Forgive me, but that last paragraph reads like a text book example of catastrophising, something I am led to believe is more typical of a MUS patient than a set of NHS guidelines. I suppose a doctor would explain it as follows: “I’m sorry Mr Smith but it’s really best if we don’t give you a gastroscopy to investigate your stomach pains or you’re very likely to end up in bed with several organs accidentally removed, being drip fed unnecessary medication. What would you like us to give you instead to help with your constant agonising pain: CBT or mindfulness?”

I’m not sure this is really striking a realistic balance between ‘adequate examination‘ and ‘over-investigation’. It’s more like freezing to death for fear of catching fire if you light a match.

The truth is that the more adequate the examination, the more likely it is to find sufficient pathology if it is present. But the guidelines stress again and again the need for less investigation. Is there not a danger of an enormous void opening up here, a void into which the physically ill may fall? Those whose pathology is overlooked by tests which turn out not to have been so adequate after all? Always assuming, of course, that they even managed to get a test. ‘Repeated tests’ seem to be especially frowned upon by the guidelines, so if you’ve been tested before, you may not get another chance. The impression given, rightly or wrongly, is that the NHS will no longer cater for patients who develop pathology for which they’ve previously been tested. Unless you want CBT of course, in which case your brand new local MUS clinic will be happy to help.

This is especially concerning in the light of the guidelines’ acceptance that ‘MUS may be caused by physiological disturbance, emotional problems or pathological conditions which have not yet been diagnosed’. (My italics.) For if that is indeed the case, there’s a problem, isn’t there? With all this desire to avoid investigation, how are these conditions which have not yet been diagnosed going to get diagnosed – especially once a patient has been judged to have MUS? I can find no answer to this important question in the guidelines. But it is a life-threatening question and surely one which requires an answer….

I’d like to complete this post with a brief overview of the current situation, as regards both MUS and IAPT. The underlying principles behind the original IAPT scheme seem to me to be praiseworthy: delivering therapies for mental health problems such as anxiety and depression which previously all too often went untreated. There are concerns, however, especially regarding the expansion of IAPT to include MUS and long term conditions. The official guide to this new ‘care pathway’, for instance, cites CFS as a MUS condition, repeating the error from the ‘seven specialties’ paper but this time in a government document; while IAPT as a whole is also under scrutiny following an audit by Michael J Scott which suggests that the therapies used (principally CBT) come nowhere near achieving the 50% curative rate which is claimed for them. This concern is covered in detail in the latest issue of the Journal of Health Psychology (ed David F Marks).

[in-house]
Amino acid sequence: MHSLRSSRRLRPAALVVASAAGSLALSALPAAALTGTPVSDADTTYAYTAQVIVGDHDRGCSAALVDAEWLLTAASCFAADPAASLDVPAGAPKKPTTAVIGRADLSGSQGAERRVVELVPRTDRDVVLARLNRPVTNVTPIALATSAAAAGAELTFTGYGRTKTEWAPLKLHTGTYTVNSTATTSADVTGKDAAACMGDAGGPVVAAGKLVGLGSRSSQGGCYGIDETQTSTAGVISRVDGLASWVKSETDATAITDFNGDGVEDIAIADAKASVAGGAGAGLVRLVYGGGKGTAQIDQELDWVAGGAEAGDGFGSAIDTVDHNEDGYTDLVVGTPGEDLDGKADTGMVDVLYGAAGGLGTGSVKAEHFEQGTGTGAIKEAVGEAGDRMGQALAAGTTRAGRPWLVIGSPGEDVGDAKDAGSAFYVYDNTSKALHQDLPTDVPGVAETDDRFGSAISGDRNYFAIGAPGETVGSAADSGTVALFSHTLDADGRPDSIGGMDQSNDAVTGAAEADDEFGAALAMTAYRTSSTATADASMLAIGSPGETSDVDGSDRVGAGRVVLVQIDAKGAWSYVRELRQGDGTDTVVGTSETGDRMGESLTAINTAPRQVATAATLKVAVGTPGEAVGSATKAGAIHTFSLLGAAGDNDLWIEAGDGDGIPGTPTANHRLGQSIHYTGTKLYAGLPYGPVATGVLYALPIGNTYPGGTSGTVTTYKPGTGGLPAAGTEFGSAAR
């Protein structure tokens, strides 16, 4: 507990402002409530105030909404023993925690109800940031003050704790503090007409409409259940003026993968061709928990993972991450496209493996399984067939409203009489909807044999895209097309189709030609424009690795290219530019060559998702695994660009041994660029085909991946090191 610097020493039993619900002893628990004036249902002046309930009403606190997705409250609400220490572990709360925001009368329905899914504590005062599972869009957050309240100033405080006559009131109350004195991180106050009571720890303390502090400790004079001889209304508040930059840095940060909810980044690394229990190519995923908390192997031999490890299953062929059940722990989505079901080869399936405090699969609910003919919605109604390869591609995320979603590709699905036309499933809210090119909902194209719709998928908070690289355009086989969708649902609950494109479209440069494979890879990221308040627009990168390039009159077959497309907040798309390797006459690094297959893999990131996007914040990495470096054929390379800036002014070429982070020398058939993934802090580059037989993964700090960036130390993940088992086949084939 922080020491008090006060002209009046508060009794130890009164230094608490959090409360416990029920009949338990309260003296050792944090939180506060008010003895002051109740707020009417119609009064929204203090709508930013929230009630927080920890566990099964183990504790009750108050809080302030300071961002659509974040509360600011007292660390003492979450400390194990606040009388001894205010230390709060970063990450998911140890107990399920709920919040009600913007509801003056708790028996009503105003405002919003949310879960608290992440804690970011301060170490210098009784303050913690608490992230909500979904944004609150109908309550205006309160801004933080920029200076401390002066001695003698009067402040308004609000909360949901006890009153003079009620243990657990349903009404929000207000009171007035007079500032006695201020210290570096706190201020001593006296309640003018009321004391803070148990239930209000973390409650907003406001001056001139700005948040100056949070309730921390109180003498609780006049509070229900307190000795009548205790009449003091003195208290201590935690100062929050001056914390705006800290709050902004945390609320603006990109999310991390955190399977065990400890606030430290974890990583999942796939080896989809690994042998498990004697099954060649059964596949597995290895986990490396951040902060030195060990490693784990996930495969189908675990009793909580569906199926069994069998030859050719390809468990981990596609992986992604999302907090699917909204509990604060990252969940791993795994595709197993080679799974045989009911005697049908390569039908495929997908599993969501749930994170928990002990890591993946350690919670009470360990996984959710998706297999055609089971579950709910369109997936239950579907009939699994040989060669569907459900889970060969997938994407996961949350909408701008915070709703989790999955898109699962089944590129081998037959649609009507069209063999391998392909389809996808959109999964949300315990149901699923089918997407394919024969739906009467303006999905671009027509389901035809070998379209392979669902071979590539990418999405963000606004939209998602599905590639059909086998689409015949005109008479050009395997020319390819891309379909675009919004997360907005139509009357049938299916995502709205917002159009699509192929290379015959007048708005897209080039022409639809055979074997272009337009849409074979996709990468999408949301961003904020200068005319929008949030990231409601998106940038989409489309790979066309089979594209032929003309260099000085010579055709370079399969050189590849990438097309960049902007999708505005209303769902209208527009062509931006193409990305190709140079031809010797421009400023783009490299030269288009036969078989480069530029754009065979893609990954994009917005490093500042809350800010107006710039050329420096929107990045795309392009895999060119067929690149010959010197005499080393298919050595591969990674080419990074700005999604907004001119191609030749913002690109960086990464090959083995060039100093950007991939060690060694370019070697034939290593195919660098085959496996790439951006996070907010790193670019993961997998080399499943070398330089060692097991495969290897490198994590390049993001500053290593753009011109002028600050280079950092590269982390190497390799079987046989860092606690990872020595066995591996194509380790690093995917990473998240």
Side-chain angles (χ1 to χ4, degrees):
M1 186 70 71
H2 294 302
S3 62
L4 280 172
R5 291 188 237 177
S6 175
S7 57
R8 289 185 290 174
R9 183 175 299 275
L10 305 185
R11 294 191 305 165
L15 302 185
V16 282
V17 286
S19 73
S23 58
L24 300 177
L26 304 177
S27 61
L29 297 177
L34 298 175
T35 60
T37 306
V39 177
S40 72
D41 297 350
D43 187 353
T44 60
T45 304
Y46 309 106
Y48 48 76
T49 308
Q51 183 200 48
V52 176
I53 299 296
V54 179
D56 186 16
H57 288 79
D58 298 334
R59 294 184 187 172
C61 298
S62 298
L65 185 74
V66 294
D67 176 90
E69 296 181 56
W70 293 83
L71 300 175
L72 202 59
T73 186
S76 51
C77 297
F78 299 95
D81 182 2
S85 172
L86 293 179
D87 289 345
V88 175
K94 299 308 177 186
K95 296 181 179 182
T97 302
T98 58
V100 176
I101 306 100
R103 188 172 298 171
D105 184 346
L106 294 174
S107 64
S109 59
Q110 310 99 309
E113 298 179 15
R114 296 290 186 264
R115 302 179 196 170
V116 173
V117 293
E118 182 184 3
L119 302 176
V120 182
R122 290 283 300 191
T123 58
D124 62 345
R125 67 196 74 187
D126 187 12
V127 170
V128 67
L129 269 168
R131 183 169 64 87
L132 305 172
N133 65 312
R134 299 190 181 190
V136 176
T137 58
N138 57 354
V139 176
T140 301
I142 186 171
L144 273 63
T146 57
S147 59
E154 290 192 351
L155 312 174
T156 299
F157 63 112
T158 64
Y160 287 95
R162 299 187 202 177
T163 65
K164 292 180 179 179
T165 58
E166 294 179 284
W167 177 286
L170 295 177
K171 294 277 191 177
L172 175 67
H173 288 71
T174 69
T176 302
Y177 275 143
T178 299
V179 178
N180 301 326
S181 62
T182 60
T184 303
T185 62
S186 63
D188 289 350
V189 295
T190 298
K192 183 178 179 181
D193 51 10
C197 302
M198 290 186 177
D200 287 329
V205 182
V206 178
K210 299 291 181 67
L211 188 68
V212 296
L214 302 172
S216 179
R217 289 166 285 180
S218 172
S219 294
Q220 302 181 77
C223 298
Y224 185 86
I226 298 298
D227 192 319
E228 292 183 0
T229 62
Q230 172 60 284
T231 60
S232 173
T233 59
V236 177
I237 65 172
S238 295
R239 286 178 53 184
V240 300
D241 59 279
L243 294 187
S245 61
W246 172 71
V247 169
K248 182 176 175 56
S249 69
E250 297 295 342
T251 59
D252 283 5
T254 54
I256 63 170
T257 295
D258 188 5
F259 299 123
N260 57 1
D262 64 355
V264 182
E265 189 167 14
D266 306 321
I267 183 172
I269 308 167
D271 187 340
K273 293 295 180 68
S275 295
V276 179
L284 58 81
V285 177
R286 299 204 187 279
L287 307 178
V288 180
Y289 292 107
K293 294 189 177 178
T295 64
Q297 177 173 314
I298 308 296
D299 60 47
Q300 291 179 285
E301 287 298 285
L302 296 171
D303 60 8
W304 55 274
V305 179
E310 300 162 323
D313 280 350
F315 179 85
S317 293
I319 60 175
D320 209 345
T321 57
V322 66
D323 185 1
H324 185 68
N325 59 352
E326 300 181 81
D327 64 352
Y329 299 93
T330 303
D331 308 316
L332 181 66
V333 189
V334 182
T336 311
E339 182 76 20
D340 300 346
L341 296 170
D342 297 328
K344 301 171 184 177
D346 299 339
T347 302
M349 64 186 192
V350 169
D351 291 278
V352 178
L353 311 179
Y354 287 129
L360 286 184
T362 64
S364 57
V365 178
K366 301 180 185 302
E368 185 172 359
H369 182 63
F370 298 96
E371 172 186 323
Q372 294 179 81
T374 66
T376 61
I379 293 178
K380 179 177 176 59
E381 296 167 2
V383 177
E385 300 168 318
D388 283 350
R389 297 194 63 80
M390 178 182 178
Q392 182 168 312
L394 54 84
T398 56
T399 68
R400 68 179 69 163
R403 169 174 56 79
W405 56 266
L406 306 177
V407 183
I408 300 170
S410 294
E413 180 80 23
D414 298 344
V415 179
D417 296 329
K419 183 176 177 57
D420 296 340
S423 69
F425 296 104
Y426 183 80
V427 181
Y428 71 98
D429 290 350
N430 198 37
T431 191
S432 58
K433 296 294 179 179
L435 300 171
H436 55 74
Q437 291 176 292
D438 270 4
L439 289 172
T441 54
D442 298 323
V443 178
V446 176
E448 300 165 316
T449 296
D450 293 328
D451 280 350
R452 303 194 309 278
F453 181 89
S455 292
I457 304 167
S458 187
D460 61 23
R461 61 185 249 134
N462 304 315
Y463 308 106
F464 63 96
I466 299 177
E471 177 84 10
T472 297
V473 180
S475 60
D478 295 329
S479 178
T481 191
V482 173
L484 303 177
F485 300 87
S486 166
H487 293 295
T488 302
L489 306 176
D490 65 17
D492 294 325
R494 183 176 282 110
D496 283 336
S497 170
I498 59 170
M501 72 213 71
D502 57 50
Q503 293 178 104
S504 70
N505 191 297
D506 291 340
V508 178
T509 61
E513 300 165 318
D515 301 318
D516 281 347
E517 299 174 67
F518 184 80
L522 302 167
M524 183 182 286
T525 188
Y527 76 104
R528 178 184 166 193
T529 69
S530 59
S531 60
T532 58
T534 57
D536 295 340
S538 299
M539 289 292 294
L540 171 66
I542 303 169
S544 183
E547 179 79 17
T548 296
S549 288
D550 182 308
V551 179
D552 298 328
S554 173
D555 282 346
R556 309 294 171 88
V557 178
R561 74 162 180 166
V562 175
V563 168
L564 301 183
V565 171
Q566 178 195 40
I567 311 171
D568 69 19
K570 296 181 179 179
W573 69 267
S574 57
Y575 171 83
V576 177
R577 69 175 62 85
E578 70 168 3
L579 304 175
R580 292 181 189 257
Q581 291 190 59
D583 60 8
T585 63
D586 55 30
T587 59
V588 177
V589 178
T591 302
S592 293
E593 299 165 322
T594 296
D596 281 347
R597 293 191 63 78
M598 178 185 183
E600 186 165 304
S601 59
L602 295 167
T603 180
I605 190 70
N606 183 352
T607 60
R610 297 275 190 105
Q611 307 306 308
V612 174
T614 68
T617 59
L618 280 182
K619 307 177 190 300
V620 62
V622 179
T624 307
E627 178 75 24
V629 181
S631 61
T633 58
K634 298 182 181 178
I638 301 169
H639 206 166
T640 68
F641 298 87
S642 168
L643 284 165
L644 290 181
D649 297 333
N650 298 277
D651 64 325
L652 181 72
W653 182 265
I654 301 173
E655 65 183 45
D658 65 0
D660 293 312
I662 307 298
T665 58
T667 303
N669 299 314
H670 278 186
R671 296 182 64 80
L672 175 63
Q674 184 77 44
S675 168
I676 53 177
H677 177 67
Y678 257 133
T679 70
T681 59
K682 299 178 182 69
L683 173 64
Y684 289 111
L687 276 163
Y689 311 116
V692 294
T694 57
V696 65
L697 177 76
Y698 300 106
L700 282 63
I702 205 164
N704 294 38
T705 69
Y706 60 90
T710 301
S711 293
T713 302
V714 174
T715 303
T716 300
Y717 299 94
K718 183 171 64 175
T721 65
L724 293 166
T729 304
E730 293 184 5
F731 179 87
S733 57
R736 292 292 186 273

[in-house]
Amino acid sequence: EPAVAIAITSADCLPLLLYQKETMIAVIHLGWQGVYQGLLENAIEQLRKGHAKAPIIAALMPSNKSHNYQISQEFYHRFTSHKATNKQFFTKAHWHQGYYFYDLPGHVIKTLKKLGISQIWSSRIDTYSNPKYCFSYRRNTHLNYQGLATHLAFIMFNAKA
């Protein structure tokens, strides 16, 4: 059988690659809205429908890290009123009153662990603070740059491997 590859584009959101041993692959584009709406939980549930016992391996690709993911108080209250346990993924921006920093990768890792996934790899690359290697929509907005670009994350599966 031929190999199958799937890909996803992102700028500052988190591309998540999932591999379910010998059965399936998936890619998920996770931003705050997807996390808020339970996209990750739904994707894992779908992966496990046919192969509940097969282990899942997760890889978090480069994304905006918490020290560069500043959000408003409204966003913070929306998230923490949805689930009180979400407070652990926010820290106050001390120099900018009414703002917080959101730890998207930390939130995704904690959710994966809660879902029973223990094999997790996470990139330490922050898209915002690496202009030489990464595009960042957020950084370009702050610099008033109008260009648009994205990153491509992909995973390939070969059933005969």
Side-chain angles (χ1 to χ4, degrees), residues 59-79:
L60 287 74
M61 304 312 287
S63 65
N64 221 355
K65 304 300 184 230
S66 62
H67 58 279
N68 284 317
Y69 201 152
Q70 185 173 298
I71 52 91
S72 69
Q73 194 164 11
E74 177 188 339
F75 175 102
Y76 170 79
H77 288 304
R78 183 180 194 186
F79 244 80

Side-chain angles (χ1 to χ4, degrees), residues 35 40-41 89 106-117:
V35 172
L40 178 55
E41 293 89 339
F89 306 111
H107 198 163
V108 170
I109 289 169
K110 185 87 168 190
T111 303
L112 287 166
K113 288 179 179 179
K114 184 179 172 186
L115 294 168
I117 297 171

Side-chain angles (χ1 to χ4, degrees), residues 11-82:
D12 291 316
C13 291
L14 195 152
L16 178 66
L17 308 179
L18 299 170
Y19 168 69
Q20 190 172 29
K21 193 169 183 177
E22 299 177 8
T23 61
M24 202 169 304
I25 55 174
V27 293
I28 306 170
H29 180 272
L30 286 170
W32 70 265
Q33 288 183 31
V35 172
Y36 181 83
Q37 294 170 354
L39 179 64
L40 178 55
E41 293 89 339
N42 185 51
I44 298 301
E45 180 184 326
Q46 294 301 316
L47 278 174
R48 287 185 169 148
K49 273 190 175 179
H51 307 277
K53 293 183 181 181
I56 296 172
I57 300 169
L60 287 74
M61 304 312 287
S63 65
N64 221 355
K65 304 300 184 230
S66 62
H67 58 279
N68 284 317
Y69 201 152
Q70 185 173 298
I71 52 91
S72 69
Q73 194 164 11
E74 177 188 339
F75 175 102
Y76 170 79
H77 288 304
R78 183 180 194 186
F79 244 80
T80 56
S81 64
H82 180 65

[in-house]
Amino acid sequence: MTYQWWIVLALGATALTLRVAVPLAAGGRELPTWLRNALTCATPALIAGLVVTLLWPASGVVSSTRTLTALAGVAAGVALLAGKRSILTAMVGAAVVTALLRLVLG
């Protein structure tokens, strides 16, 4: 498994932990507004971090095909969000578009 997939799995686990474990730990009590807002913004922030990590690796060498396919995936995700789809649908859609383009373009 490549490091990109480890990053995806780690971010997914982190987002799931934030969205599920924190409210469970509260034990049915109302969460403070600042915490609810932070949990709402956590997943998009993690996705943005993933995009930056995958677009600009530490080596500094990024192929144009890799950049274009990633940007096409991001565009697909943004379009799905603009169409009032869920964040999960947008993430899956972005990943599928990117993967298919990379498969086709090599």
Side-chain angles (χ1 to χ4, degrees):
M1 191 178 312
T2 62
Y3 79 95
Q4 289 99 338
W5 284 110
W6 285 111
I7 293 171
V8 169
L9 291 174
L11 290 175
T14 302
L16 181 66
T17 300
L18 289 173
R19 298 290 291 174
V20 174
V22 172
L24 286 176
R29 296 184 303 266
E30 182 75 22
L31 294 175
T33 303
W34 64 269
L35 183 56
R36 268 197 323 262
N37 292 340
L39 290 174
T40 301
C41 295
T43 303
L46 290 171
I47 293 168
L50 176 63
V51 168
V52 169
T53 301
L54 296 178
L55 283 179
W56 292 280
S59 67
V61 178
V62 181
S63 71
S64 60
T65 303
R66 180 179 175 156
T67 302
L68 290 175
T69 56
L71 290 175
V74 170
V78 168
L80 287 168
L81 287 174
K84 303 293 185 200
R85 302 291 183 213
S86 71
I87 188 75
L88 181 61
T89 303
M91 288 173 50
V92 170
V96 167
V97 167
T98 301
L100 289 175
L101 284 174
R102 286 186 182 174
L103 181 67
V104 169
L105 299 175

As for MUS, if we stand back and look at the overall picture of that, is there even greater cause for concern? Not only must we have the same worries about the efficacy of the therapies, surely questions must be asked sooner or later about the vast numbers which are supposed to be affected by this phenomenon and the effect on the diagnosis of physical/somatic conditions if undue emphasis is placed on it.

Put in a single sentence, the question is this: do we have a situation where a massive new initiative is being rolled out to promote therapies with exaggerated efficacy for the purpose of combating an imaginary epidemic, at the same time encouraging doctors to overlook and under-investigate genuine pathologies?

Only asking…

 

A Morass of MUS

As you are probably aware, here in the UK, NICE are currently engaged in the lengthy process of revising their guidelines for ME/CFS. The current guidelines recommend the use of GET (graded exercise therapy) and associated CBT (cognitive behavioural therapy), the latter being used in this case to persuade patients that GET is a good idea.

Patients have every right to be sceptical. Numerous patient surveys have shown that many report being made worse by GET. Many patients end up housebound or even bedbound as a result, sometimes permanently so. Research such as that by VanNess et al has provided evidence of why such exercise is harmful, while PACE, the most influential study purporting to support the use of GET, has been thoroughly debunked and discredited – most comprehensively by Wilshire et al. In the US, the recommendations for GET and CBT have been withdrawn in view of the latest information.

In view of all this, a disinterested bystander might be forgiven for assuming that withdrawal of support for CBT and GET will be close to a foregone conclusion when NICE eventually complete their review. Indeed, they might well agree with those patient groups who have asked NICE to remove the recommendation for these therapies from their guidelines at once before anyone else gets harmed.